Nefertiti Puzzle/flash cards/ stencil

Here is the lady to whom my business name was inspired. The beautiful

Nefertiti…. her name simply means the beautiful one has come. I just love her!

This is 1/8 mirror acrylic, wood grain acrylic and marble acrylic.

Full name:
Neferneferuaten Nefertiti:
Beautiful are the beauties of the sun, the beautiful one has come.

Neferene on Etsy


Wow! These are really stunning, I love the gold. I also love that you have so much passion for Nefertiti. And I learnt something as well, thanks for sharing her first name!


Aww thanks so much!! Her story is so amazing. If you ever get a chance to study her…wow!
What a life and we still only know a little.

Brief history:
The first part of her name is a nick name given to her by her husband Ahkenaten… Beautiful are the beauties of Aten the sun god. He wrote ballets and poems to her. He truly adored her. Made her his equal as seen in the reliefs where they are often the drawn the same height or similar heights. If you see drawings with pot bellies, it’s probably them. He wanted to depict how they really looked. He was known as the rebel King. This was the 18th century. He then moved the capital city out into the middle of the dessert and denounced all other Gods except for the sun God Aten. Officials were furious, but since he was pharaoh and “an embodiment of God” as they were seen, they had to listen to him. He was also doing this in the mist of economic semi collapse and not really paying much attention to the economy, but more on uplifting himself and Nefertiti in the image of the Sun God. This can be interpreted many ways. He was assumed to be assassinated. After he “mysteriously died” his wife took the thrown for 2 years according to some scholars and was pharaoh in her own right. She then disappeared in the records and King Tut, the 8 year old boy king was put onto the thrown ( Nefertiti and Akhenaten had 6 daughters. Ahkenaten had Tut by a “lesser” wife). Tut married his half sister Ankhesenaum ( Nefertiti’s daughter). Tut then mysteriously died. His grandfather/ head "trysadviser/ Nefertiti’s dad took the thrown. Then when he died, the general of the army took the the thrown…fast forward 100 years later and the Great King Rameses of the 19th dynasty is cleaning up the country…the many gods have been reinstalled and the killer part is that the 18th dynasty of Tut, Nefertiti and Ahkenaten was covered up. They tried to hide the 18th dynasty from history because of the rebel Ahkenaten had tried to worship only one God. The 18th dynasty was not recorded in the valley of the kings…or anywhere else. Then a little over 100 years ago a bust of Nefertiti was excavated, a gardener found a stone with their story on it, bricks that had been turned backwards and reused in temples began to fall and revel their story…and just like that the forgotten 18th dynasty is now the most famous of them all.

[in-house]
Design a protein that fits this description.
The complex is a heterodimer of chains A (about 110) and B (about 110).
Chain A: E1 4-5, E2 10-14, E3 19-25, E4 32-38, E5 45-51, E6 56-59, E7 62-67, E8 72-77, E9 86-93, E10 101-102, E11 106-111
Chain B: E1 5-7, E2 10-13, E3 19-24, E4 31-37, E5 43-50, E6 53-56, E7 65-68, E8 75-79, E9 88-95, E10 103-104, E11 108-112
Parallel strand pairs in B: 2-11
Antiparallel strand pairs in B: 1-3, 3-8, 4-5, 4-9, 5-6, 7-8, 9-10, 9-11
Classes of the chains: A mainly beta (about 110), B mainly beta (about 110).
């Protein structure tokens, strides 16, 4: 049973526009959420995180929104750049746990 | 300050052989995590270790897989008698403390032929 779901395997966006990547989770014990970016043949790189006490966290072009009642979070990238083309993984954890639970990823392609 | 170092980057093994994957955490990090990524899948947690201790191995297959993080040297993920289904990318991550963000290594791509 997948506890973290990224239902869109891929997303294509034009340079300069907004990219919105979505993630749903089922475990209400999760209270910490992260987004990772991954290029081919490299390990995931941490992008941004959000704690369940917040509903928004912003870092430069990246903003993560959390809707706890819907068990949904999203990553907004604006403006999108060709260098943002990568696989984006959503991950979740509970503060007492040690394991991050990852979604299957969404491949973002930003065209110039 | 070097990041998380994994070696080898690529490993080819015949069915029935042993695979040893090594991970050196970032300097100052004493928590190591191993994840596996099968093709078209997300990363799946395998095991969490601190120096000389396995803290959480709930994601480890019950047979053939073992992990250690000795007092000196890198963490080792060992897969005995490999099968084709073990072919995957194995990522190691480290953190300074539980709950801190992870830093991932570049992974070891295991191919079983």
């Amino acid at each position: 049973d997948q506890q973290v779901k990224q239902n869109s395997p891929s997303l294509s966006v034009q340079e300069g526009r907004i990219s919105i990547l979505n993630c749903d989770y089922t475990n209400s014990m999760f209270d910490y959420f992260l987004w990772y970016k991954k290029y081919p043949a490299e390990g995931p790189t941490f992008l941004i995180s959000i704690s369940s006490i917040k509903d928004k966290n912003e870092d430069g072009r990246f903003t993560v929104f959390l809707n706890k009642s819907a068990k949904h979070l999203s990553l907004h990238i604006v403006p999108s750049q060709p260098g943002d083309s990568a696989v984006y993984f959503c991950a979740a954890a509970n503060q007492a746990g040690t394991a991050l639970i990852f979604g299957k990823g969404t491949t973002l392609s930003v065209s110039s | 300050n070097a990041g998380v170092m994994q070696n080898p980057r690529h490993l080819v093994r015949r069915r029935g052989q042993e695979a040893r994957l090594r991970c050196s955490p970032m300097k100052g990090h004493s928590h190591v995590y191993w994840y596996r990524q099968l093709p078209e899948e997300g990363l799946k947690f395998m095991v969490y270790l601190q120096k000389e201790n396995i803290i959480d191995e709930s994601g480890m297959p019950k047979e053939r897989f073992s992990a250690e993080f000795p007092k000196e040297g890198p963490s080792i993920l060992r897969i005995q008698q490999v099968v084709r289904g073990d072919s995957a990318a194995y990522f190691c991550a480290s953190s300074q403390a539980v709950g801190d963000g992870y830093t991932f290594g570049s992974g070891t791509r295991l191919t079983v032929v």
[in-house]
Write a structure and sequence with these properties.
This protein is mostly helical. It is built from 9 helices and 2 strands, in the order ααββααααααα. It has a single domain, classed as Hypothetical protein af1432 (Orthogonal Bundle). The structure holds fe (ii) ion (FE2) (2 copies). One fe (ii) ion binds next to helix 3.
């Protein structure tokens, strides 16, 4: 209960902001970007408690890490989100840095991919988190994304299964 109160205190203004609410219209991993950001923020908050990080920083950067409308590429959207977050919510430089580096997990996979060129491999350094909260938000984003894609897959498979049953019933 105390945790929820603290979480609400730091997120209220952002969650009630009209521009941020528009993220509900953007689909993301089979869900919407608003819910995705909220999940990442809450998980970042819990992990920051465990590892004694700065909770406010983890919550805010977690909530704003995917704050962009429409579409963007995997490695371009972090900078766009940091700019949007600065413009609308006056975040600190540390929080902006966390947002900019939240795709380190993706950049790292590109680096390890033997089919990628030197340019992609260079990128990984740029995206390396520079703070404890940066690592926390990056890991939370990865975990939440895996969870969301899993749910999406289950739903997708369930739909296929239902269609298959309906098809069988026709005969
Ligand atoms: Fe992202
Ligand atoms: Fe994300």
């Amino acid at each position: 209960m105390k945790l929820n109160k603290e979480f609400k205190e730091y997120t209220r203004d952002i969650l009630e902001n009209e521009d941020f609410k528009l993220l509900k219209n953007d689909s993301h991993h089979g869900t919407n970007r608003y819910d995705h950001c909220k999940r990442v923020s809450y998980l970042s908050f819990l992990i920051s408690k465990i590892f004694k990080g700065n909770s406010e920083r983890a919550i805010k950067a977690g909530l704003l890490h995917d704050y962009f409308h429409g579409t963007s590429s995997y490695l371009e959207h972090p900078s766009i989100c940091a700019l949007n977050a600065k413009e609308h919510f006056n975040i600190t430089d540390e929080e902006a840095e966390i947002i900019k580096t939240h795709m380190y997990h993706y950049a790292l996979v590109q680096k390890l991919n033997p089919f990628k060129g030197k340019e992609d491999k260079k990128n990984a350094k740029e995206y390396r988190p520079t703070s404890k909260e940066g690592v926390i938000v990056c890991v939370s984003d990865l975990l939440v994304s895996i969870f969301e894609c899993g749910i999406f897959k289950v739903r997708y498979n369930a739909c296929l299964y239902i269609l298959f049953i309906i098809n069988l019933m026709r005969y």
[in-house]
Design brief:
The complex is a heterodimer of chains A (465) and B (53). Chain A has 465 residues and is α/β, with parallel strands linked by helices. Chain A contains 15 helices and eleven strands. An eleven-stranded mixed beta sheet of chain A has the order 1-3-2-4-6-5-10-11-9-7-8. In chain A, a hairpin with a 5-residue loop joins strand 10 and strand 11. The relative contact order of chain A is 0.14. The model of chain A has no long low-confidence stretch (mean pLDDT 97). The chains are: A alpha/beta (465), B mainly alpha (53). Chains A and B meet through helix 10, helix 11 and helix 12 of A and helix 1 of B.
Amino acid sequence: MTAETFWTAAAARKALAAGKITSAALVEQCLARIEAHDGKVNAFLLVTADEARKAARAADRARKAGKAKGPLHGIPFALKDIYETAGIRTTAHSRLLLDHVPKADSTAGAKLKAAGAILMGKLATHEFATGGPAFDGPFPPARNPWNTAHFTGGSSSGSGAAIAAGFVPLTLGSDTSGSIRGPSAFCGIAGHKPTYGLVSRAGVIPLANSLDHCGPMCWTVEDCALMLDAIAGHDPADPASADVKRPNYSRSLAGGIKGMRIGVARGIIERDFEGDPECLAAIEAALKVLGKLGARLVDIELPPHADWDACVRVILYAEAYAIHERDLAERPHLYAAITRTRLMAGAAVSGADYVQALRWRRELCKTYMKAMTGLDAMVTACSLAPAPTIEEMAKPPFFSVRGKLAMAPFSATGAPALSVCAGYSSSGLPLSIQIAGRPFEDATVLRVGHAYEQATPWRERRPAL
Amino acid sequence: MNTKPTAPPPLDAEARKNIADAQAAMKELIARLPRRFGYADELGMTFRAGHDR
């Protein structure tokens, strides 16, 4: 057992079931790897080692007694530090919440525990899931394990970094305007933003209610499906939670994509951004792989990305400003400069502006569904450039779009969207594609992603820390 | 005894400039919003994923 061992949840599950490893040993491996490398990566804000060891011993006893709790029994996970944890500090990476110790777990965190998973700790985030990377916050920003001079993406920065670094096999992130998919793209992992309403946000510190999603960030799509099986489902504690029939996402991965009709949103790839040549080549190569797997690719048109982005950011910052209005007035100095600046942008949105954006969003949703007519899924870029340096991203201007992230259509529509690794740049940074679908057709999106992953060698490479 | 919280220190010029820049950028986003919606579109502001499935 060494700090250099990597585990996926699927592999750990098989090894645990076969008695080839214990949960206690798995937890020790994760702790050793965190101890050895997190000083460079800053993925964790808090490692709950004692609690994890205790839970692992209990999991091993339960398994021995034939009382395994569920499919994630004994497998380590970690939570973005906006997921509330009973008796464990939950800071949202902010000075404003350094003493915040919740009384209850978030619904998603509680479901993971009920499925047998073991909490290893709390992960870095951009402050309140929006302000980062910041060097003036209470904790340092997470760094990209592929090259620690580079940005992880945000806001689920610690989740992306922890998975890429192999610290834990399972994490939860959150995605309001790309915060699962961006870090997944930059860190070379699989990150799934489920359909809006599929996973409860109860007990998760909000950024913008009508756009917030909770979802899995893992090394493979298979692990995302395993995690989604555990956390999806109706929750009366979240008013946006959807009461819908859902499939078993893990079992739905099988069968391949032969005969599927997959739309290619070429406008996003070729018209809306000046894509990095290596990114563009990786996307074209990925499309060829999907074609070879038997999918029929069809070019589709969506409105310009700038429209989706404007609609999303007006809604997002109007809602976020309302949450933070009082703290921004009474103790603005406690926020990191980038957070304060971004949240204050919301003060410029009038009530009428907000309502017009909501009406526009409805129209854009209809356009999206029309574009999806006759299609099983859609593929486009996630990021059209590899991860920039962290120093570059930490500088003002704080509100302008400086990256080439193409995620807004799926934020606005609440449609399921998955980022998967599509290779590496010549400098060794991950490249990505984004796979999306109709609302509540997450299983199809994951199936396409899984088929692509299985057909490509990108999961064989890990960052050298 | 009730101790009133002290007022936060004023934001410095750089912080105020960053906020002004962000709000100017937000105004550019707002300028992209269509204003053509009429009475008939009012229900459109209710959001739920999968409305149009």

Yeah…I love Nefertiti. Can’t believe there are not major movies about her. Her story is just as good as Cleopatra’s.


This is truly fascinating, thanks for sharing, I will definitely do some reading about it, it’s incredible that we know all of this detail.


I remember seeing her bust when the King Tut exhibit came to NYC about 10-11 years ago. They had so many artifacts. At the time they said it was the last stop before it was all returned to Egypt. I took my whole family.